The process of shredding has become fairly standard today for every business keen to maintain high standards of security and compliance. On-site shredding helps to ensure that sensitive data is always protected and makes document disposal a swift and efficient process. But what happens to your records after they’re shredded?
Why invest in professional shredding of obsolete records?
There are some key reasons why it pays to ensure that your obsolete records are properly disposed of, including:
- Protecting business information from competitors
- Ensuring that customer and employee data is safely destroyed
- Meeting the compliance standards established by regulations such as the GDPR
- Improving social responsibility, as shredding is more environmentally sound – the end result of the shredding process is ready for use in a recycling facility
- Enabling efficient bulk document disposal - most recycling facilities will only accept materials to be recycled from a professional shredding business
What happens after the shredding process?
Working with a professional shredding service provider to dispose of your business documents and records can help to improve operational efficiency within your organisation. It means less work for your staff on site – but what happens to the records that you no longer need once they have been through the shredding process?
- The end product of the shredding process is lots of confetti like pieces of paper, so small that the data or type from the records is no longer legible. This ‘confetti’ is bundled up and taken to a recycling centre so that it can be put to a new use.
- When shredded documents arrive for recycling they are usually chemically washed and then exposed to heat in chemically treated water to help the process of breaking down the paper.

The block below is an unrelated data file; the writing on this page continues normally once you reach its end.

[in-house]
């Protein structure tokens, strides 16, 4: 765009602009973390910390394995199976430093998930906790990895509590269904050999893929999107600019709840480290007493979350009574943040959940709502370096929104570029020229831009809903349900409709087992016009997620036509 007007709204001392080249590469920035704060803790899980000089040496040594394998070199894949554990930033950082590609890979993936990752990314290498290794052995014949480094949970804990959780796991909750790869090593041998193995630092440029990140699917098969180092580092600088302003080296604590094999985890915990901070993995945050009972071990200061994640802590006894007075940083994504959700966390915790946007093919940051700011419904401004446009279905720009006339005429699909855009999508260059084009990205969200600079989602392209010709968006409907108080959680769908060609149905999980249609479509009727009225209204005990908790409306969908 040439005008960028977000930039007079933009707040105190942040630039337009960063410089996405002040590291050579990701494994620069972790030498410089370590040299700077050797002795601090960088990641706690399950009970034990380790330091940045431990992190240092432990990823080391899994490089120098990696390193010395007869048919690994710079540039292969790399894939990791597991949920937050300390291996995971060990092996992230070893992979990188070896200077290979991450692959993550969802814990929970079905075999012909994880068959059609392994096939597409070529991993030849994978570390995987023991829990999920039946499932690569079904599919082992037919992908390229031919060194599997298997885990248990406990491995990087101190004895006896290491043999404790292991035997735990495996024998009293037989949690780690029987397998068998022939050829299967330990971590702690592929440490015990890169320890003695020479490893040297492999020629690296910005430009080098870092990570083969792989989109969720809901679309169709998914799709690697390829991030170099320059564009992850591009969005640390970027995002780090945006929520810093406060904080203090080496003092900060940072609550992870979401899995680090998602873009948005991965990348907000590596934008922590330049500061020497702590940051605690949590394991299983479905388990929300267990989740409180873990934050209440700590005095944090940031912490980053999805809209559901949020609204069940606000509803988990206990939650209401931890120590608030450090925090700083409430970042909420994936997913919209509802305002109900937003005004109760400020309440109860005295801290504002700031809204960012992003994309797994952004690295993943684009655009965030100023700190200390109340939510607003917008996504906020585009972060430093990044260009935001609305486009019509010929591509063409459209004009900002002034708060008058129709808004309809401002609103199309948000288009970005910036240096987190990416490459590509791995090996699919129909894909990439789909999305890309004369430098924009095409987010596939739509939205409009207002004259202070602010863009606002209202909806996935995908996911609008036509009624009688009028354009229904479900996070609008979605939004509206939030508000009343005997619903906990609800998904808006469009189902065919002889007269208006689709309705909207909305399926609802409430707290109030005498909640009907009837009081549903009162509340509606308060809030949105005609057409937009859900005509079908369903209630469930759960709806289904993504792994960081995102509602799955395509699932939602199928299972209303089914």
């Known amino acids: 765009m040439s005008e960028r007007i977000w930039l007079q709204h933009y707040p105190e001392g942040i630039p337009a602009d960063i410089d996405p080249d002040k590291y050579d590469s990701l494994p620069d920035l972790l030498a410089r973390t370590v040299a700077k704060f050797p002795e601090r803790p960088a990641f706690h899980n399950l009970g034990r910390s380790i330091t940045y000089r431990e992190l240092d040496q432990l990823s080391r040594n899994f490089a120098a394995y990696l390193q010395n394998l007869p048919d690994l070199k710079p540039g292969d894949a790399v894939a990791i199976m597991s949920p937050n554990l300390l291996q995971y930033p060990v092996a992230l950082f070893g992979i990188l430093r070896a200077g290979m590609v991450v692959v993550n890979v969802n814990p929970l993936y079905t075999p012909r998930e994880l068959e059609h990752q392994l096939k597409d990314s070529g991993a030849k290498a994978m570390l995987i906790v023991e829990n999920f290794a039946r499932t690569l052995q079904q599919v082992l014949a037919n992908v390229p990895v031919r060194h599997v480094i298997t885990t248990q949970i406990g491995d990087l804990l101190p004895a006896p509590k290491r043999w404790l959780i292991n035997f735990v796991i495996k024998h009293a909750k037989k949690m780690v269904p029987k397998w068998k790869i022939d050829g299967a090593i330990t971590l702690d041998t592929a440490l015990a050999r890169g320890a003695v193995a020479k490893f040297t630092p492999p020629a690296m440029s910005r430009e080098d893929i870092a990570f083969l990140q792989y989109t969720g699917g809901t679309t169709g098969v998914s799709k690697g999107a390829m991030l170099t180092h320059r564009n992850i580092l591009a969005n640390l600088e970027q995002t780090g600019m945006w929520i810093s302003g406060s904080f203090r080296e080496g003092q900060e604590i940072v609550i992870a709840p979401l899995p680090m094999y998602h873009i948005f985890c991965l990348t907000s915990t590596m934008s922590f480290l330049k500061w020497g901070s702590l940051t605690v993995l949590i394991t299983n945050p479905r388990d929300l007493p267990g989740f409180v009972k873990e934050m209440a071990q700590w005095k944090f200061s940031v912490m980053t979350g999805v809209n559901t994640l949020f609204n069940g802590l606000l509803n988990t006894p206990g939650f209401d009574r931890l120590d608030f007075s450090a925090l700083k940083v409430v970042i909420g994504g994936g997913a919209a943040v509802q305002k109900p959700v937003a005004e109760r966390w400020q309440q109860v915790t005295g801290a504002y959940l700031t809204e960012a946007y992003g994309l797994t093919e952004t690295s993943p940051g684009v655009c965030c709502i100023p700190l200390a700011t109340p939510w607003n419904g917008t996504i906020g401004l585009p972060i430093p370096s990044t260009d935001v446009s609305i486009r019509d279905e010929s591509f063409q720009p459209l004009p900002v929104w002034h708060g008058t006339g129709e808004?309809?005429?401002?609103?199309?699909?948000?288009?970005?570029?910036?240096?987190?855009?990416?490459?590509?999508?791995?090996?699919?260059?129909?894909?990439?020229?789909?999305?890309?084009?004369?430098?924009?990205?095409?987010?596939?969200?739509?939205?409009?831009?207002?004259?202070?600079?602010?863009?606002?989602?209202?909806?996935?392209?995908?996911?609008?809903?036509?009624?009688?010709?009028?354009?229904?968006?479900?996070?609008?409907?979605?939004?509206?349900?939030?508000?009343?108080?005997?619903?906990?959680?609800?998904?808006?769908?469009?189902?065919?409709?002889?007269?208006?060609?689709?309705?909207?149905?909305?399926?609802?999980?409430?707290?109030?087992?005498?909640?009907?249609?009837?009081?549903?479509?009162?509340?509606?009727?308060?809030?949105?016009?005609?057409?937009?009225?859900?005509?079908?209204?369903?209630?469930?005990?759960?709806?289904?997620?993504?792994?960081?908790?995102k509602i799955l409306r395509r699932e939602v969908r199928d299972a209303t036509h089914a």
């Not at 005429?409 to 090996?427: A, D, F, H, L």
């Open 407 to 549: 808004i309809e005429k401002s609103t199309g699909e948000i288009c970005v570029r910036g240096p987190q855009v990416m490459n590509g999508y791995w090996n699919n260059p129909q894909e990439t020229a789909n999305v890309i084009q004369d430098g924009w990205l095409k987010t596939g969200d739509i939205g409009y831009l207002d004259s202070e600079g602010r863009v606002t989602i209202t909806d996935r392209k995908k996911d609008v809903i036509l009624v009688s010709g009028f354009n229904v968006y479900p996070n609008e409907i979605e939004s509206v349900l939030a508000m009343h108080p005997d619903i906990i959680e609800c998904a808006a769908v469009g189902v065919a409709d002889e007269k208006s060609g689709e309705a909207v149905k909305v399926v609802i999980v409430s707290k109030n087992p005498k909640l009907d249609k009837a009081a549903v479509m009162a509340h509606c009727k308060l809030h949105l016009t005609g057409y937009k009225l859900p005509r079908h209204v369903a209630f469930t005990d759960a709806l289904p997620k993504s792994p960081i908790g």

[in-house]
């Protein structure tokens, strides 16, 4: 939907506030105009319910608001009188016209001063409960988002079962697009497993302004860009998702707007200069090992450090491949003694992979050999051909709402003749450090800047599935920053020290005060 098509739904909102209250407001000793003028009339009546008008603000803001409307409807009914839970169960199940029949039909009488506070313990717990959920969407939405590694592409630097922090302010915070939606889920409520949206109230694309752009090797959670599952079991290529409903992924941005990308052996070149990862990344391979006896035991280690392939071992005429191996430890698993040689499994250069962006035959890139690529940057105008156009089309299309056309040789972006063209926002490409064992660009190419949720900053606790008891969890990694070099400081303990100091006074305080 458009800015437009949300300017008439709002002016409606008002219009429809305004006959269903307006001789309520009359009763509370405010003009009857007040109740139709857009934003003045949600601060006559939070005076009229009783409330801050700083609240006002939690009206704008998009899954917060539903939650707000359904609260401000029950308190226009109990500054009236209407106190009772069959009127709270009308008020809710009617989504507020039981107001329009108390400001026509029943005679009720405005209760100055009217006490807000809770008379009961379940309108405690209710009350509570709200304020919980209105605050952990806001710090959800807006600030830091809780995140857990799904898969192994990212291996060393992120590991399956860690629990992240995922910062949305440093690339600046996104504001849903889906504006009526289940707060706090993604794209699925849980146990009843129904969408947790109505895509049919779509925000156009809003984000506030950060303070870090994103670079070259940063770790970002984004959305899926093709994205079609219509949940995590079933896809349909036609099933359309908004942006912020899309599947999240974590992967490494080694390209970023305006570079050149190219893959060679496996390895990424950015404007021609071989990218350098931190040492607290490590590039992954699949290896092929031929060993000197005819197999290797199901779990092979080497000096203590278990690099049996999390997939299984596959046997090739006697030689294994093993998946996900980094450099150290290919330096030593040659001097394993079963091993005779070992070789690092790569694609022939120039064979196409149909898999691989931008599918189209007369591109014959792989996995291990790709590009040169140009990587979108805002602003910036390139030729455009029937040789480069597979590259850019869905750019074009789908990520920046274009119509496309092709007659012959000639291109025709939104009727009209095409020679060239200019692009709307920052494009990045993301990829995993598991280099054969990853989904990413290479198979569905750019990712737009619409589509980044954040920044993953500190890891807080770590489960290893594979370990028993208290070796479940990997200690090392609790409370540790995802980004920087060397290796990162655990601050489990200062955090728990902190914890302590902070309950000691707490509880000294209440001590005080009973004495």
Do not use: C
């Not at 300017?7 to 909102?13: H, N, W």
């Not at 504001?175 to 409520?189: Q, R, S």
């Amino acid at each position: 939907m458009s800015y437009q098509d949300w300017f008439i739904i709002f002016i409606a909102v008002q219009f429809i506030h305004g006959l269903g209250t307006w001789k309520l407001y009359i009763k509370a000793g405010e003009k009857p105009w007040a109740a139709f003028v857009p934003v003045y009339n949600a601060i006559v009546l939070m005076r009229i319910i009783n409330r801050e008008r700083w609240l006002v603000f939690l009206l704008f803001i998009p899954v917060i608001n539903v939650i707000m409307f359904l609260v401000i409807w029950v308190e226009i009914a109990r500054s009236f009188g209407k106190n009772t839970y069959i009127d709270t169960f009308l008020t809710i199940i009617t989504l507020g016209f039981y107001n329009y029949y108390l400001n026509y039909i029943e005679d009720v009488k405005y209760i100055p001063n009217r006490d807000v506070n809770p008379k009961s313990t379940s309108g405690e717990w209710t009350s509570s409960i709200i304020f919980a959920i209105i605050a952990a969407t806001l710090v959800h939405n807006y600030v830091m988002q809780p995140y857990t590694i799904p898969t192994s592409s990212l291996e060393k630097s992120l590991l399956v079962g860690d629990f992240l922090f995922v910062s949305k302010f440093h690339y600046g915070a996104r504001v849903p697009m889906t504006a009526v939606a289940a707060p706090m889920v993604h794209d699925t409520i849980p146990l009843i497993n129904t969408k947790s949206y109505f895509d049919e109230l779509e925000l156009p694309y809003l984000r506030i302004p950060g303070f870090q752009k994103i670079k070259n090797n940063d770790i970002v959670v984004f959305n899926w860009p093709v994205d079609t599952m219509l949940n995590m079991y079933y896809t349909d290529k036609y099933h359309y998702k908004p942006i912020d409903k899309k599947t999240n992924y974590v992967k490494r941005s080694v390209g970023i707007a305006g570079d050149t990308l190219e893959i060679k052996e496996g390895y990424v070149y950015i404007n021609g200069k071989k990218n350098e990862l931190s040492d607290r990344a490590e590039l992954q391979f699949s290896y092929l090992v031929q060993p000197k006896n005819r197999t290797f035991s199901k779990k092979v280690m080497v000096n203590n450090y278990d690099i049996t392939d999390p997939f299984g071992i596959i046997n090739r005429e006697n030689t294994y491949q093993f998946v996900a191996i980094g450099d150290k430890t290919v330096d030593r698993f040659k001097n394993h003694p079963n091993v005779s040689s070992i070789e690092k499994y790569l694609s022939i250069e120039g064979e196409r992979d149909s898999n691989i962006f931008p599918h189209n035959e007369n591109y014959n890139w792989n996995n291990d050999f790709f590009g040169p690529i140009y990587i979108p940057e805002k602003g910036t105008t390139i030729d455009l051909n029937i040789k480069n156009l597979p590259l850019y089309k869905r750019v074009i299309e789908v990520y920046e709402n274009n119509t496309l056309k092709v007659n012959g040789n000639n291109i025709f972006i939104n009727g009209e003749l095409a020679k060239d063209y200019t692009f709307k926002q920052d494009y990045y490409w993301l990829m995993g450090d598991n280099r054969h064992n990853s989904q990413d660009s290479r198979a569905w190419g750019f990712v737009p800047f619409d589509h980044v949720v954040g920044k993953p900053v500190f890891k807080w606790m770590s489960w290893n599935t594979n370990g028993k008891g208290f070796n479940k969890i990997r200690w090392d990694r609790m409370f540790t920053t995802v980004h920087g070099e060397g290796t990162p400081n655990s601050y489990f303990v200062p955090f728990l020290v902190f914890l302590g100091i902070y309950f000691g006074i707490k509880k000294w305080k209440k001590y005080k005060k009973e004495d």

- The next stage is to cleanse the newly broken down paper of any impurities that might be contained within it. This is usually achieved by pressing the paper against a screen.
- Before the old paper is bonded and dried any last bits of ink that remain in the paper will be washed out.
- The last step in the process of converting shredded paper into new products is to apply the pressure of rollers to the paper that has been washed and treated.
The benefits of the recycling process
- It takes just a couple of hours to turn obsolete paper records into something that can be reused by consumers or business
- Some of the products of the recycling process include paper towels, writing paper and loo rolls
- You’ll see a significant reduction in your business’ carbon footprint, as waste paper that has been recycled won’t end up in landfill
- Social responsibility is improved by investing in more streamlined disposal processes that minimise the impact that your business operations are having on the natural world
The most efficient way to deal with obsolete documents or records is to use a professional shredding service. Not only does this ensure certain data protection standards are met but you can improve green credentials too as a result of the recycling processes that take place after shredding has been carried out.